This is a reprint of my October 2016 article. Hope you find it timely reading in this time of turmoil here at OHA. #ONIPA‘A#FutureStrong! #StayStrongFirmSurvive
Over 40 years ago, “management” was a very bad word in nonprofit organizations. Management meant ‘business,’ and the one thing a nonprofit was NOT, was a business! Today, nonprofits understand that they need management all the more because they have no conventional bottom line. Now they need to learn how to use management so that they can concentrate on their mission. For years, most nonprofits felt that good intentions were by themselves enough. (Peter Drucker: Managing In A Time of Great Change, 1995)
And although OHA is a state public agency with a high degree of autonomy and is responsible for improving the well-being of Native Hawaiians, it does take on a nonprofit perception. It has an asset base of nearly $600 million, plus land assets across the State, making it the 13th largest land owner in Hawai‘i. As Trustees, we are primarily tasked with setting up OHA’s policies and ‘managing’ the agency’s trust as its top fiduciaries. We have to have discipline rooted in our mission. We have to manage our limited resources of our ‘āina (land) and money for maximum effectiveness. And, we have to think clearly what results are best for our beneficiaries. We also should NOT be suing each other … also NOT bullying each other at the table where we are to take care business of bettering the lives of our beneficiaries! It asks these three essential questions: What is our mission? Who is our customer? What does the customer value? You cannot arrive at the right definition of results without significant input from your ‘customers, your beneficiaries’ … and please do not get into a debate over that term.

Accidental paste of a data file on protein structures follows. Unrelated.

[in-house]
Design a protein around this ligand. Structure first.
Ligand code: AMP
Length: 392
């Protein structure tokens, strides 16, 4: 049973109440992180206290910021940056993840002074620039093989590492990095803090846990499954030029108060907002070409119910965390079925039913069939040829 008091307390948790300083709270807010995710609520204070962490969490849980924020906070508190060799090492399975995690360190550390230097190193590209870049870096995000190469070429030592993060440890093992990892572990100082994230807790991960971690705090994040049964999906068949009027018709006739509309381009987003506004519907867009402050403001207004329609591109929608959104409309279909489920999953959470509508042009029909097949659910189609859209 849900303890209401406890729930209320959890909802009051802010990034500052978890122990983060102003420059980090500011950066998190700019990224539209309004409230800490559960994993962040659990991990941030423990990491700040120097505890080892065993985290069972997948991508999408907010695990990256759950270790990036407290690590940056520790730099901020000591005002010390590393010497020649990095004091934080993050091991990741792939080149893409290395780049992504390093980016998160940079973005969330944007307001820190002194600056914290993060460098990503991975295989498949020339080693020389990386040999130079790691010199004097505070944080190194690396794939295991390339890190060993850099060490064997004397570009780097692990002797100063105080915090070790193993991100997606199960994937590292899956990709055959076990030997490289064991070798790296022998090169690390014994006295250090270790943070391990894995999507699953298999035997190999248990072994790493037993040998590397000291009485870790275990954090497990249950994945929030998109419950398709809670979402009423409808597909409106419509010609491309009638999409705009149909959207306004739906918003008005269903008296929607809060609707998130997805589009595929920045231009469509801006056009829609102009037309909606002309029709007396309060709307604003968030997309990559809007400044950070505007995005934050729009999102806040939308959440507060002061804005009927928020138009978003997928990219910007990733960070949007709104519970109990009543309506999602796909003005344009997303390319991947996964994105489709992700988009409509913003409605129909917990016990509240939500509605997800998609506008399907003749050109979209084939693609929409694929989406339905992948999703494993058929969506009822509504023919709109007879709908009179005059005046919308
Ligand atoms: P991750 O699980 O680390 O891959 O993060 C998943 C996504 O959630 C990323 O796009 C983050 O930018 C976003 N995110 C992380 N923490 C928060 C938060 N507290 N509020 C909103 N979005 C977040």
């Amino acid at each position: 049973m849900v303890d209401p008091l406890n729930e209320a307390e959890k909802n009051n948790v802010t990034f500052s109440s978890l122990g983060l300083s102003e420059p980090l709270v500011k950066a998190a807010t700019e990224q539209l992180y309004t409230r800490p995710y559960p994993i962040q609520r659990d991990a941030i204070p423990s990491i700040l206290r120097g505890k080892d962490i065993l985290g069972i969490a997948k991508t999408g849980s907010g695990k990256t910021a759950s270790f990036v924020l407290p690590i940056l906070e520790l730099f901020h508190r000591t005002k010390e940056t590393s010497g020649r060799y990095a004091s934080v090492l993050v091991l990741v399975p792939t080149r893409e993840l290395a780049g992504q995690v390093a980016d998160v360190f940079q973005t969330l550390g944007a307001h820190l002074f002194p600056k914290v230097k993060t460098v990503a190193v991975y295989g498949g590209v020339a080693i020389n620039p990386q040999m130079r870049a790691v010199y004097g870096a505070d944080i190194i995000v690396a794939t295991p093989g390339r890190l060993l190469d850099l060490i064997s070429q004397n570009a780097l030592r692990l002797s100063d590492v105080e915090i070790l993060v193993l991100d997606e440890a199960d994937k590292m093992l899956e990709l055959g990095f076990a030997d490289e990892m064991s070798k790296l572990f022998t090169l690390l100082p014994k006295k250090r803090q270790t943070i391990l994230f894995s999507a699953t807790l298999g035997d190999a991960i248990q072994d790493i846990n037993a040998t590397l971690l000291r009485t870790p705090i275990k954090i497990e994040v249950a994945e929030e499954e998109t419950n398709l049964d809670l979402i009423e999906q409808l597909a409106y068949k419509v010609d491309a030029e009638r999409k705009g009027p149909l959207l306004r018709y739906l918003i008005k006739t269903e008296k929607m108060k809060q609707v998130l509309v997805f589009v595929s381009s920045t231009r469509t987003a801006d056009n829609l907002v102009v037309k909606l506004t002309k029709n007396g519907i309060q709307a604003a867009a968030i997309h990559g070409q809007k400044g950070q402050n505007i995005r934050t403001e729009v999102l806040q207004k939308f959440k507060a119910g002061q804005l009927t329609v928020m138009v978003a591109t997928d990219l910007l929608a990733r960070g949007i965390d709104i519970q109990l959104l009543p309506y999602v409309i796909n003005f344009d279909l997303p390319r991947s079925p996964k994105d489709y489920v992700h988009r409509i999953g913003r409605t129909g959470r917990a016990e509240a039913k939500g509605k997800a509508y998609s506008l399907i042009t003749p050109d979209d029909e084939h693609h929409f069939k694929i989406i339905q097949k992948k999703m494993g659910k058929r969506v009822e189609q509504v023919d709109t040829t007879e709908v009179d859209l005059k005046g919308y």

In business, a customer is someone you must satisfy! If you don’t, you have no results. And pretty soon, you have no business. In a nonprofit, whether you call the customer a student, a kupuna, (beneficiary)…or anything else, the focus must be on what these individuals or groups value—on satisfying their needs, wants and aspirations.
The ‘danger,’ Drucker explains, is in acting on what you believe satisfies the customer. You will inevitably make wrong assumptions. “Leadership should not even try to guess at the answers; it should always go to customers in a systematic quest for those answers. And so, in the self-assessment process, you will have a three-way conversation with your board, staff, and customers, and include each of these perspectives in your discussions and decisions.
OHA, in my humble opinion, can expand our vision by listening to our beneficiaries, by encouraging constructive dissent, and by looking at the sweeping transformation taking place in our society.” We have vital judgements ahead: whether to change the mission, whether to abandon programs that have outlived their usefulness, and concentrate resources where we can match opportunities with our commitment to help build community and change lives.
Mahalo nui loa, A hui hou, Trustee Leina‘ala